A Very Old Rock Band Has the Most Popular Band T-Shirt
A new survey proves that rock isn't dead, and that music fans will spend a lot of money to buy overpriced band merch
There are a lot of unwritten rules about concert tees — don’t wear the shirt of a band to that band’s show, don’t buy a shirt from a band you don’t listen to, etc.
Thankfully, we now have some facts and figures to back up these “rules,” with a few surprise concessions, as was discovered by the merch site Rush Order Tees, which recently surveyed 1,017 owners of band tees to see what genres they represent and their purchasing habits (h/t Loudwire).
Some findings from the ROT survey:
- Punk fans have spent the most money ($597) on their band tee collection, which this writer can attest to after attending the recent Green Day/Weezer/Fall Out Boy show in New York, where the lines for band merch stretched around the stadium hallways
- Heavy metal fans have the largest band tee collection, averaging 17 band shirts in their wardrobe
- Respondents were willing to dish out $51 for a band tee … with Millennials willing to go up to $57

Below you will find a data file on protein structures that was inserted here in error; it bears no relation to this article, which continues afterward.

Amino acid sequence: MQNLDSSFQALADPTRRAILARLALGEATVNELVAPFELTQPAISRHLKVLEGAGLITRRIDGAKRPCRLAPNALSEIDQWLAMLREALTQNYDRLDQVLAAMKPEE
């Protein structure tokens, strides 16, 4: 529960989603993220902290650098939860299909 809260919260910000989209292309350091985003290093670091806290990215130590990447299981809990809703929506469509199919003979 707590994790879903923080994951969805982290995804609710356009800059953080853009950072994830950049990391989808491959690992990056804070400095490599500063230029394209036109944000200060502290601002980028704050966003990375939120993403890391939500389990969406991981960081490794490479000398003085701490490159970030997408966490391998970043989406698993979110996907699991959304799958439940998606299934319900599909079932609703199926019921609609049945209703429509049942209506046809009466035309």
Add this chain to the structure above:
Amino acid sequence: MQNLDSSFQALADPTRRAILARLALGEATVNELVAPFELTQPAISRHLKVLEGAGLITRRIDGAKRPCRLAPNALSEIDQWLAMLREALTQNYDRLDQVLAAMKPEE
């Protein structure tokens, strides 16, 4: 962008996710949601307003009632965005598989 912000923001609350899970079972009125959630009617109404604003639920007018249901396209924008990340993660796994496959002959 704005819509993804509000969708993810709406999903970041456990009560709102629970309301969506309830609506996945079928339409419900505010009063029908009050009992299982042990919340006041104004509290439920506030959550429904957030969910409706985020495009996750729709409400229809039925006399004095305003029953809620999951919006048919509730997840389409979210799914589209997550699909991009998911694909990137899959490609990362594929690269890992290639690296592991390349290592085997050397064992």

- 58.4% of the surveyed fans said that a vintage band tee is a status symbol, with blues being the most common genre of vintage tee
- On average, respondents said you should know at least 10 songs before wearing a band’s tee
Surprisingly, about half of the music fans surveyed said the biggest concert rule was to buy a band tee before a concert to wear at the concert, but only 28.5% of respondents thought that not wearing a shirt right after purchasing at a merch table was the most important concert tee rule to follow … and only 20.6% thought wearing a band’s tee to that band’s concert was a serious no-no. (Note to concertgoers: These are egregious errors in judgment, but we’ve profiled worse people at shows, including “Crying underage girl who lost her friends and phone with one shoe on who somehow becomes my problem” and “Barefoot guy.”)
So, which bands or musicians have the most popular T-shirts? In no surprise, that honor goes to AC/DC, followed by Aerosmith, Queen, Pink Floyd and Green Day. By comparison, Taylor Swift was 18th … perhaps proving that followers of younger artists may find different or hopefully cheaper ways to support their favorite musicians.
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